CSF protein is largely an ultrafiltrate of plasma, and is predominantly made up of low molecular weight and medium molecular weight proteins. In normal health, the protein concentration of CSF is approximately 100-fold less than that of plasma.
There are many causes of an elevated CSF protein. Therefore this test is a non-specific biomarker of CNS pathology that may be of some diagnostic use when applied to the relevant clinical context.
Heavily blood stained specimens and specimens containing clots are unsuitable for analysis
Elevations of CSF protein may occur for a number of reasons. The table below is adapted from Tietz Textbook of Clinical Chemistry and Molecular Diagnostics, 6th Edition (Rifai, Horvath & Wittwer) and is a non-exhaustive list of some of the more common causes of a high CSF protein. The result should be interpreted in the clinical context which will allow for a narrowing of the differential diagnosis.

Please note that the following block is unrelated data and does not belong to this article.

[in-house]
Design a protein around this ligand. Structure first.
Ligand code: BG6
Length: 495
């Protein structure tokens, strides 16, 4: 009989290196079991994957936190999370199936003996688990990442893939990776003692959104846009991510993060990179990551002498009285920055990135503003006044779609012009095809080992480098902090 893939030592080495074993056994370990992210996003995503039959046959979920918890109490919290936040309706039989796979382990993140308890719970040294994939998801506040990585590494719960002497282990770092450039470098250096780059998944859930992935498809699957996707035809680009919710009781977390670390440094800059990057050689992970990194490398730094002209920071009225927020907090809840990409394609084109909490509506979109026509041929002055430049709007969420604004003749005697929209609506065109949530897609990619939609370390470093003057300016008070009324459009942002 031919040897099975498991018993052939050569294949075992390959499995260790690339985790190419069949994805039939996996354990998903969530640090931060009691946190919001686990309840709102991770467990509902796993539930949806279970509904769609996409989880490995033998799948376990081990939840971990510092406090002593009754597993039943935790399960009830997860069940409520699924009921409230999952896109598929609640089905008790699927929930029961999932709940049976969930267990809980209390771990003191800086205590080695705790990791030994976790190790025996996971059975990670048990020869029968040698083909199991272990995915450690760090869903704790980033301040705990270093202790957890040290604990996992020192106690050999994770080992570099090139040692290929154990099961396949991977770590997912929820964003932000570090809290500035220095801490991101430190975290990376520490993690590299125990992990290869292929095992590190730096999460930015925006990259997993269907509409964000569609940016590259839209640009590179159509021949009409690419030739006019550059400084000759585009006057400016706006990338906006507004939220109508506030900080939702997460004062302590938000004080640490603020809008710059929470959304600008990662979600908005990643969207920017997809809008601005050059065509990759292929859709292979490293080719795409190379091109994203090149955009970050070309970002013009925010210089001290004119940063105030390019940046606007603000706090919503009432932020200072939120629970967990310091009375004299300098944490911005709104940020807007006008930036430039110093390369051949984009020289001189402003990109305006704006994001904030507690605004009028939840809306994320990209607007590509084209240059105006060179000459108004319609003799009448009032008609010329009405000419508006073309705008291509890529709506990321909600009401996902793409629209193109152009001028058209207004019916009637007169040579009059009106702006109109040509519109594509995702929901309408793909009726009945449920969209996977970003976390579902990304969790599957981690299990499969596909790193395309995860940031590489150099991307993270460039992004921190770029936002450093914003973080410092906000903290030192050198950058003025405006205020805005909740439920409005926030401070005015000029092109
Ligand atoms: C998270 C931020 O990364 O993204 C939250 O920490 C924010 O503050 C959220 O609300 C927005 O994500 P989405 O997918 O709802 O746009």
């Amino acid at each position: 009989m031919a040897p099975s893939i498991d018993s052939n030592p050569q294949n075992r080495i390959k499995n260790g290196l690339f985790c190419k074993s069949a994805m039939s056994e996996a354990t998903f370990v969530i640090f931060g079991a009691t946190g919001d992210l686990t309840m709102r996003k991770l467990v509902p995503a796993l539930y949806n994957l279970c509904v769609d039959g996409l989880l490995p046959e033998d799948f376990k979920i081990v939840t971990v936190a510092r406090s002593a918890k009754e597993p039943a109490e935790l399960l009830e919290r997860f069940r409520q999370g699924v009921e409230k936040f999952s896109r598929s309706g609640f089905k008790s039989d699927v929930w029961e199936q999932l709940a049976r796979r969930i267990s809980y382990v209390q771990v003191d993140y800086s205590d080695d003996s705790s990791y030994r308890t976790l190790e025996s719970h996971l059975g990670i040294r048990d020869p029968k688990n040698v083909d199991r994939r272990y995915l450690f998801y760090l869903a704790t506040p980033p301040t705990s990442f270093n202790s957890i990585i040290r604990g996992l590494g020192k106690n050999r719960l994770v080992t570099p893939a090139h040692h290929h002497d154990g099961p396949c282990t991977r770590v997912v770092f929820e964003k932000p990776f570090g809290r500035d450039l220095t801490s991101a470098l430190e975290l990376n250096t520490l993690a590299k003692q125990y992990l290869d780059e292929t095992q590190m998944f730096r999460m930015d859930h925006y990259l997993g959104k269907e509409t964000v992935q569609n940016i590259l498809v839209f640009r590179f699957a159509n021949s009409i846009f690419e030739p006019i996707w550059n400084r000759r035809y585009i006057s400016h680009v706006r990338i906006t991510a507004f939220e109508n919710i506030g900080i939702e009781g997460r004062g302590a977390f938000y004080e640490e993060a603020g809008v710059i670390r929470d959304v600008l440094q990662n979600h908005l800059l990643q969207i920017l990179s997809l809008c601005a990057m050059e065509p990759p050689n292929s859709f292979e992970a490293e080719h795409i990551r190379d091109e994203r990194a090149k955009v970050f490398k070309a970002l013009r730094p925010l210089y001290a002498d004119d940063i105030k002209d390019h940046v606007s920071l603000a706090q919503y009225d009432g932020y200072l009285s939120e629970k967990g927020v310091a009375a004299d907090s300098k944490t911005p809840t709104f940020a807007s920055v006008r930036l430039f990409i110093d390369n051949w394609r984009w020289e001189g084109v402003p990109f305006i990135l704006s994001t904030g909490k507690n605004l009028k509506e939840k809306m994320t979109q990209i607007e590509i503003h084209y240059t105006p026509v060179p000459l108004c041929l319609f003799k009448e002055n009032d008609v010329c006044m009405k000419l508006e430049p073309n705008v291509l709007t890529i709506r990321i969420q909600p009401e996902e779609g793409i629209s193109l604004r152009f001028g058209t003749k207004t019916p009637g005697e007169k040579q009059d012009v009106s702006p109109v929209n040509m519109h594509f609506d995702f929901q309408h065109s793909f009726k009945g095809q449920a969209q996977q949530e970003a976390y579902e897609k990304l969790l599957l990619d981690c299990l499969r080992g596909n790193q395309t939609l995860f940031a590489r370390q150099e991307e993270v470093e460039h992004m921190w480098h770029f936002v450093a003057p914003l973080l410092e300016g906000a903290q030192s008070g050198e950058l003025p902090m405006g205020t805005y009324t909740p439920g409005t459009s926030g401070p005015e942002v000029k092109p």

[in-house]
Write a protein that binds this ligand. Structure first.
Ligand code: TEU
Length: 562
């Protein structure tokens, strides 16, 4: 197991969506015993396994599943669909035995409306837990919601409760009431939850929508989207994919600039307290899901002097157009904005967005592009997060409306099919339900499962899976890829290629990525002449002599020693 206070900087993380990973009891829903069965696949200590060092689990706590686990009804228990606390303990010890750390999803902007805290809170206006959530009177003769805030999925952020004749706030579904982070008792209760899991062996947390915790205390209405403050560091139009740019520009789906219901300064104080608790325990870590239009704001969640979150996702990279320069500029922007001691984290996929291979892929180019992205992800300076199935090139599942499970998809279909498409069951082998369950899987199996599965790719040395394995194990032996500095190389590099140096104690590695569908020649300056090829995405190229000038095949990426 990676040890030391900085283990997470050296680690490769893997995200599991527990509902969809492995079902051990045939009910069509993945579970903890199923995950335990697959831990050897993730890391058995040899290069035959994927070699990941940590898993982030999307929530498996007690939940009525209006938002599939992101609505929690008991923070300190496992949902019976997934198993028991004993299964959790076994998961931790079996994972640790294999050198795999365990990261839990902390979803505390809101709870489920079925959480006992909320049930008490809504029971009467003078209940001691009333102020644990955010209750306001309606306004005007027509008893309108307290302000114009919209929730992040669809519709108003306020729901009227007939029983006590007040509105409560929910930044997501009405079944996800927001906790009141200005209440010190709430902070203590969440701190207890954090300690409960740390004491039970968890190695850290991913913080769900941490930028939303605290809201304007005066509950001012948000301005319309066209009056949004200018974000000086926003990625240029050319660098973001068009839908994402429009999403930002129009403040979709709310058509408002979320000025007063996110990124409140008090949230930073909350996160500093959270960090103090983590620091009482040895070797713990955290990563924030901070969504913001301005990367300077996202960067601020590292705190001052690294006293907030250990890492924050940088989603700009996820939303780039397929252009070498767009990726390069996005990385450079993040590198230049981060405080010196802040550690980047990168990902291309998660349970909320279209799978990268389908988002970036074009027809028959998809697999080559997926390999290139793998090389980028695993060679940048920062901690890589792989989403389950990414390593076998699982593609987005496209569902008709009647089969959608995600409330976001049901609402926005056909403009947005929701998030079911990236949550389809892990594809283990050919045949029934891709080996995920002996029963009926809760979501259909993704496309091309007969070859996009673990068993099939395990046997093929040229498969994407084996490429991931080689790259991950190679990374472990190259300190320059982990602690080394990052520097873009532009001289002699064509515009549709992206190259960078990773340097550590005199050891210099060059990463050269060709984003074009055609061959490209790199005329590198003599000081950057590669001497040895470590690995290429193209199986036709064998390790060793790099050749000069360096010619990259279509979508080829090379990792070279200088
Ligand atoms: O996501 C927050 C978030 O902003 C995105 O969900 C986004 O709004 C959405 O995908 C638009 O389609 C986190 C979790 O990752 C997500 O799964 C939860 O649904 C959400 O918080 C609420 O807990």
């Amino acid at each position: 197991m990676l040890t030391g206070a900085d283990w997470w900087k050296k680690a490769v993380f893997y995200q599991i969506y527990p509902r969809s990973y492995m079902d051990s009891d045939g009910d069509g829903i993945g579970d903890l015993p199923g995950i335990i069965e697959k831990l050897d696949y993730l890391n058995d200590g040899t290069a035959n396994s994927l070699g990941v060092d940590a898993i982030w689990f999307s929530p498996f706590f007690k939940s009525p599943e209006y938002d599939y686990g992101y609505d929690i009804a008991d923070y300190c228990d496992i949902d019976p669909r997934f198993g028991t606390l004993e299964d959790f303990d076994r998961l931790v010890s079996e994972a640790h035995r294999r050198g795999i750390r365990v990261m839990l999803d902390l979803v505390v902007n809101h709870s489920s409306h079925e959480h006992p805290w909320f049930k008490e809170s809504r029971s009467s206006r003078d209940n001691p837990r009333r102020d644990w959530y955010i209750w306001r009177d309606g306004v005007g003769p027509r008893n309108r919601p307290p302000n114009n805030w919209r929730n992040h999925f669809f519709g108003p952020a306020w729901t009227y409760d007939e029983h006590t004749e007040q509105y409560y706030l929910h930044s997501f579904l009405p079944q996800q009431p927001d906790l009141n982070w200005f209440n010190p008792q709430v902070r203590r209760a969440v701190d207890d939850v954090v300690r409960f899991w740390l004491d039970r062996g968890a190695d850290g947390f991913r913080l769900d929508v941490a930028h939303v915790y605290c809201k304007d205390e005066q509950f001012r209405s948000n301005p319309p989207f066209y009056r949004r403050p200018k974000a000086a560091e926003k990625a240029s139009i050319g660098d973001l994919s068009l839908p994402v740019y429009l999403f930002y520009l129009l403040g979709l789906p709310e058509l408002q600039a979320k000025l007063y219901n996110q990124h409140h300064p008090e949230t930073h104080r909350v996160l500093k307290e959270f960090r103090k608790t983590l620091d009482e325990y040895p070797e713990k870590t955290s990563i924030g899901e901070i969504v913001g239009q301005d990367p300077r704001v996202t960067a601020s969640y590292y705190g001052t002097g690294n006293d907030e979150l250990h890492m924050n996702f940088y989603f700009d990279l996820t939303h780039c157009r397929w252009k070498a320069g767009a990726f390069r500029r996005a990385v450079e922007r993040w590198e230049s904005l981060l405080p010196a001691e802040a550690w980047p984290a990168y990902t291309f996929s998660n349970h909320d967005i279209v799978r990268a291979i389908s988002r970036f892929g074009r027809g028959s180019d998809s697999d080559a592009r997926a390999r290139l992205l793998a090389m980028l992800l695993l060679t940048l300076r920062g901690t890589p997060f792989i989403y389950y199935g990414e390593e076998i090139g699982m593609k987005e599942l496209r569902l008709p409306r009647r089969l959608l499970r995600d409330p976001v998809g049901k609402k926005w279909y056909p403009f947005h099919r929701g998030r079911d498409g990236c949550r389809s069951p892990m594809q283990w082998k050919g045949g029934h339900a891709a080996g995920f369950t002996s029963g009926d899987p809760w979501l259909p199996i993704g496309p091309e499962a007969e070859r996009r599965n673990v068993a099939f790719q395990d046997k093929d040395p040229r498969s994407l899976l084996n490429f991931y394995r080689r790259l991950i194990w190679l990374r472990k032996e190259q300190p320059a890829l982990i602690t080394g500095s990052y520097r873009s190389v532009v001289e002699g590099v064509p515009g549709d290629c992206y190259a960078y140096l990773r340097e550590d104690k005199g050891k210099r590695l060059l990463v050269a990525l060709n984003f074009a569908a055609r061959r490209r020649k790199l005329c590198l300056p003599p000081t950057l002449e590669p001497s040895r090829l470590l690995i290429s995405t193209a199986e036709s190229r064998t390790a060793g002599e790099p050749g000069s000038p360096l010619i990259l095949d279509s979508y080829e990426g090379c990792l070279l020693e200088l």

|Increase in permeability of blood-brain barrier||Meningitis (bacterial, viral, fungal), encephalitis, CNS neoplasms|
|Intrathecal production of protein (usually immunoglobulin)||Multiple sclerosis and other demyelinating conditions (e.g. Guillain-Barre syndrome).|
|Cerebral haemorrhage||Sub-arachnoid haemorrhage, subdural haematoma, intracerebral haemorrhage|
|Mechanical obstruction of CNS flow||Spinal cord tumour or abscess|
|Specimen contamination||Traumatic tap|
A common cause of a high CSF protein is contamination with venous blood due to a traumatic collection (bloody tap). CSF protein can be markedly elevated depending upon the degree of contamination. CSF protein results usually should not be interpreted in blood-stained specimens.
0.15 – 0.40 g/L
This reference interval applies to adult patients where the CSF is collected from a lumbar puncture. The CSF protein concentration tends to be higher in neonates, and is lower in CSF specimens collected from the ventricular system.
Spectrophotometry (pyrogallol red) on a Beckman Coulter AU5822 analyser.
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